Trips traveled under the office of Robin Hayes

Destination:
Sponsor: Mercatus Center at George Mason University
Purpose: CHIEF OF STAFF RETREAT
Date: Jan 25, 2001 (2 days)
Expense: $622.00
source

Destination:
Sponsor: Congressional Institute Inc
Purpose: CHIEF OF STAFF RETREAT
Date: Feb 19, 2002 (2 days)
Expense: $624.00
source

Destination: CHIEF OF STAFF RETREAT
Sponsor: Mercatus Center at George Mason University
Purpose: RETREAT
Date: Feb 21, 2003 (2 days)
Expense: $530.00
source

Destination: CHARLOTTE, NC
Sponsor: BellSouth Corporation
Purpose: EDUCATIONAL MEETING ON HOMELAND SECURITY, NETWORK INVESTMENT AND ECON. DEV. IN NC TELECOMMUNICATION
Date: May 9, 2003 (2 days)
Expense: $1,433.83
source

Destination: HOT SPRINGS, VA
Sponsor: Congressional Institute Inc
Purpose: BICAMERAL CHIEFS OF STAFF RETREAT
Date: Oct 23, 2003 (3 days)
Expense: $1,454.00
source

Destination: PHILADELPHIA
Sponsor: Mercatus Center at George Mason University
Purpose: CHIEF OF STAFF POLICY RETREAT
Date: Feb 20, 2004 (2 days)
Expense: $600.00
source

Destination: NEW YORK, NY
Sponsor: Congressional Institute Inc
Purpose: CHIEF OF STAFF PLANNING RETREAT
Date: Mar 11, 2004 (2 days)
Expense: $1,588.00
source

Destination: PHILADELPHIA
Sponsor: Mercatus Center at George Mason University
Purpose: CHIEF OF STAFF RETREAT
Date: Feb 4, 2005 (2 days)
Expense: $1,052.00
source

Destination: GREENBRIER, WV
Sponsor: Congressional Institute Inc
Purpose: CHIEF OF STAFF RETREAT
Date: Mar 3, 2005 (2 days)
Expense: $1,006.00
source

Destination: WHITE SULPHUR SPRINGS, WV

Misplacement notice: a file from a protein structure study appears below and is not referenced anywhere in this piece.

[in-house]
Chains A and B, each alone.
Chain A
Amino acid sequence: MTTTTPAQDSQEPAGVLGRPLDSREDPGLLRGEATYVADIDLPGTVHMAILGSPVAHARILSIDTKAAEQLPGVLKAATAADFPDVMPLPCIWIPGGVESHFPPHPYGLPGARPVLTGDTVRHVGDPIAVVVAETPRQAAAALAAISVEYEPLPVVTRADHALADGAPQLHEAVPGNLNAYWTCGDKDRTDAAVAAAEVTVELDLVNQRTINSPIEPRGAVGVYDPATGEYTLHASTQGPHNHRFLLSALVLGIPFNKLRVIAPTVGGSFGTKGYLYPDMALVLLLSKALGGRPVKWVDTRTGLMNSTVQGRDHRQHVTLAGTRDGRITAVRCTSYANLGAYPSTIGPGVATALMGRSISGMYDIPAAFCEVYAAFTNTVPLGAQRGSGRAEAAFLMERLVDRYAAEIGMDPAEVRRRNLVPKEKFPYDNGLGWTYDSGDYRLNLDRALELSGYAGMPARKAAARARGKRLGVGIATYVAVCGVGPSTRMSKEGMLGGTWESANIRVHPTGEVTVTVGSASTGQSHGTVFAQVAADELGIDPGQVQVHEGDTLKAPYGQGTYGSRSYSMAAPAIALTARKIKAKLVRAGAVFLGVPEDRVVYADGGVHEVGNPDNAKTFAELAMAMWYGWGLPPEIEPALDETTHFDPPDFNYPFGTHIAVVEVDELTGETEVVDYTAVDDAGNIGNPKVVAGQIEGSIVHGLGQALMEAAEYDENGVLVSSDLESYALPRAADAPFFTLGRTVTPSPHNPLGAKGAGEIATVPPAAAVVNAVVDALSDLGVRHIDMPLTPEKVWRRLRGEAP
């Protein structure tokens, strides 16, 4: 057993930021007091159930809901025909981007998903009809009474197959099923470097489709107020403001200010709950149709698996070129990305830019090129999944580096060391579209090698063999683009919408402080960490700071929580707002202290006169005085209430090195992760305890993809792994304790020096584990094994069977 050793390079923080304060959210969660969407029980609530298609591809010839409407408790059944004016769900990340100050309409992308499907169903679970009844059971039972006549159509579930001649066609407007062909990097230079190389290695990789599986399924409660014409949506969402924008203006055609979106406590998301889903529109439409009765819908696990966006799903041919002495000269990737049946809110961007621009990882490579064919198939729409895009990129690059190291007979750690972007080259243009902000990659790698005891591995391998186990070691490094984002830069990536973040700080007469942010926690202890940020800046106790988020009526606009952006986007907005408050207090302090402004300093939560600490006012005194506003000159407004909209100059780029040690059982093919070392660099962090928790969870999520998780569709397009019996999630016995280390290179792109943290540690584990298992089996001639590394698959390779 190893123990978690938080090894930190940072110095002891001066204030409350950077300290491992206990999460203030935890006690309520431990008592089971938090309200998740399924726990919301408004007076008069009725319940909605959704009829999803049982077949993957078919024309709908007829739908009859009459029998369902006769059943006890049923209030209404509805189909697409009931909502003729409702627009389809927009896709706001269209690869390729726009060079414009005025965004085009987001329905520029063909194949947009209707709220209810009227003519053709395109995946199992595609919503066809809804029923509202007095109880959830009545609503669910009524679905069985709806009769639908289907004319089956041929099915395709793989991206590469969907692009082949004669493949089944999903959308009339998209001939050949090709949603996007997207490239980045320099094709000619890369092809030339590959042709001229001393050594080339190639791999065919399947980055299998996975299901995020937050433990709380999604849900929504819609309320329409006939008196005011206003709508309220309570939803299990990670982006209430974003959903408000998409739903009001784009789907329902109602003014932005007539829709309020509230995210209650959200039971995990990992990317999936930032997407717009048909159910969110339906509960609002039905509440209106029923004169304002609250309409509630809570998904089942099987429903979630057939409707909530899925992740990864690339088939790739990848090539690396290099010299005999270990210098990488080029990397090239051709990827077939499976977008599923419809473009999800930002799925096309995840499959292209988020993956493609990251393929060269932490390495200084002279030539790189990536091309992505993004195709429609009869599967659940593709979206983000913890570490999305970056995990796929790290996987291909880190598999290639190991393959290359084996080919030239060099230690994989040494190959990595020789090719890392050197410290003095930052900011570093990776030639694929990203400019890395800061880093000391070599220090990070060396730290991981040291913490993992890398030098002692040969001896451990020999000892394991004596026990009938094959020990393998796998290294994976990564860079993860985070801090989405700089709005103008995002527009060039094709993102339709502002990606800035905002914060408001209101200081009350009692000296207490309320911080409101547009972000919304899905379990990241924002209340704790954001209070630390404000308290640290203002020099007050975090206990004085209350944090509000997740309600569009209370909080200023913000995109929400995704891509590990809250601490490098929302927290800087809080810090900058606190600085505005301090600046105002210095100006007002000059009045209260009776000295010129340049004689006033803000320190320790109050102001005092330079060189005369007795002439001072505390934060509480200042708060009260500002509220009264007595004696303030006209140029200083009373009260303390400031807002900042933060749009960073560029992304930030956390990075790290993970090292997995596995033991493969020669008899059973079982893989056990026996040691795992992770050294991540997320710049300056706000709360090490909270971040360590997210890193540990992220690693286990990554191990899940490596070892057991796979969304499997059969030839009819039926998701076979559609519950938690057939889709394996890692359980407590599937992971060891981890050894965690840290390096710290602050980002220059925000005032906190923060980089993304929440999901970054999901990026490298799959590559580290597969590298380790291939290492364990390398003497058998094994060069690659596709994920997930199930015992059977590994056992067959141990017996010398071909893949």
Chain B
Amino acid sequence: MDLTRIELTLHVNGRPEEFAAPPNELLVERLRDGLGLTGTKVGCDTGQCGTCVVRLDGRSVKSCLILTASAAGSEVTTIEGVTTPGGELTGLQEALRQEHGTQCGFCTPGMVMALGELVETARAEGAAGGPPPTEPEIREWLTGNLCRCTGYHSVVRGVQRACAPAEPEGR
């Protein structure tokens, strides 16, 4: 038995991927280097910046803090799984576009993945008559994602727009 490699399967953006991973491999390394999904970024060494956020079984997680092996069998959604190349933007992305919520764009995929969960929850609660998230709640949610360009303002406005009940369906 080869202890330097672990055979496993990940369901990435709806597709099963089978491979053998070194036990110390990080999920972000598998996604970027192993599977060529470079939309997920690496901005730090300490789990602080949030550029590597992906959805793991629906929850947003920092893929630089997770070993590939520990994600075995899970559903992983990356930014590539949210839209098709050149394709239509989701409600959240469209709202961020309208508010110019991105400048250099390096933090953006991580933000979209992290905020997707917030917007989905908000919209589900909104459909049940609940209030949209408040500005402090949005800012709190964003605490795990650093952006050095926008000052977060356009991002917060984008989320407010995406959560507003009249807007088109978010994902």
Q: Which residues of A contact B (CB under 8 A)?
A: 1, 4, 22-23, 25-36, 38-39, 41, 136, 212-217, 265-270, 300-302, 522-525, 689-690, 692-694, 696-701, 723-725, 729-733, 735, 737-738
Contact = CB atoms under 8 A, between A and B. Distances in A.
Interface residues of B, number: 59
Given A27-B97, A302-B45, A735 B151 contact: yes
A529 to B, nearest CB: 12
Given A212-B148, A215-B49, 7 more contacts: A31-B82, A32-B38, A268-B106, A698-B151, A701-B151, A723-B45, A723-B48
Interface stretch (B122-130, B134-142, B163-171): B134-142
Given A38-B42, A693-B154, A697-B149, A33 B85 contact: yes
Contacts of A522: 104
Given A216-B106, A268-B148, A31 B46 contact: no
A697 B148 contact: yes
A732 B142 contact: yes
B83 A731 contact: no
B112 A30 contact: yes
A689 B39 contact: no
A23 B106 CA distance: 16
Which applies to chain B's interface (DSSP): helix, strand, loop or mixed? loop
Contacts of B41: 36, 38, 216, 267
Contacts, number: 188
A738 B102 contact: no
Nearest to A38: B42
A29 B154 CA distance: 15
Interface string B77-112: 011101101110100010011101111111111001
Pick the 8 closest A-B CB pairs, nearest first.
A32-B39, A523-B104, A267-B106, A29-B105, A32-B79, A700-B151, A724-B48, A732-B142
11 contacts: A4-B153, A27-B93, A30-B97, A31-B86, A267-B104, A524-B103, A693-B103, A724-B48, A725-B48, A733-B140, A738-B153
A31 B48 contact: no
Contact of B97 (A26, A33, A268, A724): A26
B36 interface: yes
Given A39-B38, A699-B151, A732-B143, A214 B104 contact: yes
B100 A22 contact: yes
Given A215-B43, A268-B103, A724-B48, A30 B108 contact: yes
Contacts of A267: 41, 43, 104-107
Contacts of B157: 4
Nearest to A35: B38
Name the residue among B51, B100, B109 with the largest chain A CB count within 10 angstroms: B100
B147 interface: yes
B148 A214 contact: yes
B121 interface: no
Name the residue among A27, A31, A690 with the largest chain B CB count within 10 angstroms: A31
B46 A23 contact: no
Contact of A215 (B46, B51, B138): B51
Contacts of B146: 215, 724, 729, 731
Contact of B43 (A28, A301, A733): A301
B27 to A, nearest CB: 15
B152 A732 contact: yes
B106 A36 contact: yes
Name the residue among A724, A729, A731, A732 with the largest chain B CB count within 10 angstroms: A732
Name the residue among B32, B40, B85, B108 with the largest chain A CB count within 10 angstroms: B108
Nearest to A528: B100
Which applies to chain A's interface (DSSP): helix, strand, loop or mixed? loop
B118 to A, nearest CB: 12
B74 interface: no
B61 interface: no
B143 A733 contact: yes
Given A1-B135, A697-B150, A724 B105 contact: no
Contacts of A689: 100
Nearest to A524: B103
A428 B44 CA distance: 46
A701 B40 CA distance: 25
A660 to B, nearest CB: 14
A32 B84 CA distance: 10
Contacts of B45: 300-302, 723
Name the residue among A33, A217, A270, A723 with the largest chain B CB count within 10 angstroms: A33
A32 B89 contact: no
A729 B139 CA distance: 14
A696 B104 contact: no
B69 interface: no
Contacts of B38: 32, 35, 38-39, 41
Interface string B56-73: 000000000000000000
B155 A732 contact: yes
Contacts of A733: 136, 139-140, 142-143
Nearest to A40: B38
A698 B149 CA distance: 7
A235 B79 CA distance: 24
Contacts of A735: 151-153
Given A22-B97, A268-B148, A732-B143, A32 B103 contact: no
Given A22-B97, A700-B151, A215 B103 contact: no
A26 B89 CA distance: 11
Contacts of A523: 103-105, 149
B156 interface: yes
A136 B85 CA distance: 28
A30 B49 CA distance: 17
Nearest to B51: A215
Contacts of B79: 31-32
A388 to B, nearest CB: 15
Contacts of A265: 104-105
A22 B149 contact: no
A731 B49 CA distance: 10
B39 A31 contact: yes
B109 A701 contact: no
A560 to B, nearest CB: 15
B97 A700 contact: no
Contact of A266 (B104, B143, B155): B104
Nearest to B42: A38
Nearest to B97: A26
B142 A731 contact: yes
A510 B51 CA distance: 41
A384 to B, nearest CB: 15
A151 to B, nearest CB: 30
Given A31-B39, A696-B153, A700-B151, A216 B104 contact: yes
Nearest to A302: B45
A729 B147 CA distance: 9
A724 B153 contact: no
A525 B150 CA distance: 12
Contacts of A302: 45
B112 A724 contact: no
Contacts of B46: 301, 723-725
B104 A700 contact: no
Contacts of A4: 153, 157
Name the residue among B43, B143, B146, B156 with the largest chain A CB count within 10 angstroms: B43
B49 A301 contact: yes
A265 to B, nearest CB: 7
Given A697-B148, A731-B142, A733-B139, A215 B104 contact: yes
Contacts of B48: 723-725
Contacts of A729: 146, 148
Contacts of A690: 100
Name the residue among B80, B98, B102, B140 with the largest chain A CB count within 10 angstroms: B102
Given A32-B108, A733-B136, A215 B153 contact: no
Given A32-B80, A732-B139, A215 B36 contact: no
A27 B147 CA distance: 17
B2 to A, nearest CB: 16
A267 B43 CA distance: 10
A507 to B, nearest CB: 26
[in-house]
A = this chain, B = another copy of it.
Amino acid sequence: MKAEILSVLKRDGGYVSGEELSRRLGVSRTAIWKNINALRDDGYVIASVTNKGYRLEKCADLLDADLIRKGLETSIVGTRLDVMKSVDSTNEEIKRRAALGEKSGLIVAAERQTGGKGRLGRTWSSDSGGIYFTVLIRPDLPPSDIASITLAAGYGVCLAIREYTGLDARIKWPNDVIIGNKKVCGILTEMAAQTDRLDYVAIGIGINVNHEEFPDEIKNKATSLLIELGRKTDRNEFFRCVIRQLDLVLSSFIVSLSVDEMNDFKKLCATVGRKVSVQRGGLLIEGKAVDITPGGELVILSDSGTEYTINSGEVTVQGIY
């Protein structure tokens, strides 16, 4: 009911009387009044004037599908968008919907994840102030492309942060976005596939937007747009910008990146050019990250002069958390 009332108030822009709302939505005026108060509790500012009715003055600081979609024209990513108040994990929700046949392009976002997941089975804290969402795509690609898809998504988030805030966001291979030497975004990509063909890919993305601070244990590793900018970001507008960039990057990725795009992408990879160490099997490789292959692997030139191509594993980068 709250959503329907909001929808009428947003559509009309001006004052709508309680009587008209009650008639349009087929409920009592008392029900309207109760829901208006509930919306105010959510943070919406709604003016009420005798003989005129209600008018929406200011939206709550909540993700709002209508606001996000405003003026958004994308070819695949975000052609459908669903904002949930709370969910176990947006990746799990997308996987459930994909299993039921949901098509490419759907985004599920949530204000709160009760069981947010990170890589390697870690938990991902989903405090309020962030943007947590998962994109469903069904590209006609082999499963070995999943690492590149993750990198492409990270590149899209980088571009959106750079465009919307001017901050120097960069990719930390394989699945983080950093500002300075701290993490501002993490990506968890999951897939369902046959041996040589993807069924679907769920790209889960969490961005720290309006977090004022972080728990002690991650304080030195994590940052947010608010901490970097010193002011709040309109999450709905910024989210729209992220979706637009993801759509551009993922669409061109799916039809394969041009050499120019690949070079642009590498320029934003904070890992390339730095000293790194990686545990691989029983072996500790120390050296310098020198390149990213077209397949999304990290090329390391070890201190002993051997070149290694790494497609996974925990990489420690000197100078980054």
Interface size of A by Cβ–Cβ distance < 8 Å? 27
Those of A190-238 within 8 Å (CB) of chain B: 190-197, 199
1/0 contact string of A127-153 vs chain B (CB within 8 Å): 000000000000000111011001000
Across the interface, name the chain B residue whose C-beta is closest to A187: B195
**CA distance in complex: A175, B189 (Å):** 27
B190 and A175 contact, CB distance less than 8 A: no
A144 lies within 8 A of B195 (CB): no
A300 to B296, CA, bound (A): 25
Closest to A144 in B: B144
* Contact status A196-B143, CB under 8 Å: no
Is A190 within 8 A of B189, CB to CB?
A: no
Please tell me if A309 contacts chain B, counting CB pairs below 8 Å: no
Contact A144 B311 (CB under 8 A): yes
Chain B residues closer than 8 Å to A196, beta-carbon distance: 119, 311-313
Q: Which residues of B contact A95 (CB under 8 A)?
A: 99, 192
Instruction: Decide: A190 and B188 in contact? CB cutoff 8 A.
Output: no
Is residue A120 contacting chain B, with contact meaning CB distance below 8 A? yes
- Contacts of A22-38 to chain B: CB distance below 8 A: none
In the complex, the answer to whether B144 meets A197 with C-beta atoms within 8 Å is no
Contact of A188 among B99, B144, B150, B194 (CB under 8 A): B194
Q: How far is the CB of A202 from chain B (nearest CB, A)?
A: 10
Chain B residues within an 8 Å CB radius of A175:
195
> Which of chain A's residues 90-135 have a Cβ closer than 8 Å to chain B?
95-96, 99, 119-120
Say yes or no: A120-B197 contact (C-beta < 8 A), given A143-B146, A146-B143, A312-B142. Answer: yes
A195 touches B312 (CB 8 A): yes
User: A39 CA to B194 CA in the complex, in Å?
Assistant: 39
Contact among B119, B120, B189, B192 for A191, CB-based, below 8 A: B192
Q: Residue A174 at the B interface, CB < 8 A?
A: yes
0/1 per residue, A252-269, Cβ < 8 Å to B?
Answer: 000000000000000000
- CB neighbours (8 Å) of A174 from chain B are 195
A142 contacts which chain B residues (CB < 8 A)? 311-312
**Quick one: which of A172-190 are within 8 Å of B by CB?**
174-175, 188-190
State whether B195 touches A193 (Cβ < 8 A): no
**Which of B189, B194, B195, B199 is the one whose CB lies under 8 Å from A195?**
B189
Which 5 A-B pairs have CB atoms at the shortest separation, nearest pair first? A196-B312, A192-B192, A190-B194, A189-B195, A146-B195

Sponsor: Association of American Railroads
Purpose: AAR LEGISLATIVE CONFERENCE MEETINGS PARTICIPANT/PANELIST
Date: Jul 6, 2005 (2 days)
Expense: $414.00
source



* - Trips by all travelers named Andrew Duke.


American RadioWorks |
Josipa Roksa and Richard Arum, co-authors of Aspiring Adults Adrift. (Photo:  Social Science Research Council)

Ed researchers: Colleges can do more for students, especially in a bad economy

College is worth the investment. College graduates can't find good jobs. Student loan debt keeps rising, and now tops a trillion dollars. What can be done?

Recent Posts

  • 09.17.14

    A company short on skilled workers creates its own college-degree program

    At a Toyota plant in Kentucky, young people are learning how to fix robots, earning associate's degrees and graduating with jobs that pay up to $80,000 a year.
  • 09.11.14

    A 21st-century vocational high school

    For years, vocational education was seen as a lesser form of schooling, tracking some kids into programs that ended up limiting their future opportunities. Today, in the nation's best vocational programs, things are different.
  • 09.10.14

    Career academies: A new twist on vocational ed

    Across the country, thousands of high schools are transforming into career academies. The idea is that students will be more engaged if they see how academics are connected to the world of work. And they’ll be more likely to get the postsecondary schooling they need to support themselves in today’s economy.
  • 09.09.14

    The troubled history of vocational education

    Vocational education was once used to track low-income students off to work while wealthier kids went to college. But advocates for today's career and technical education say things have changed, and graduates of vocational programs may have the advantage over graduates of traditional high schools.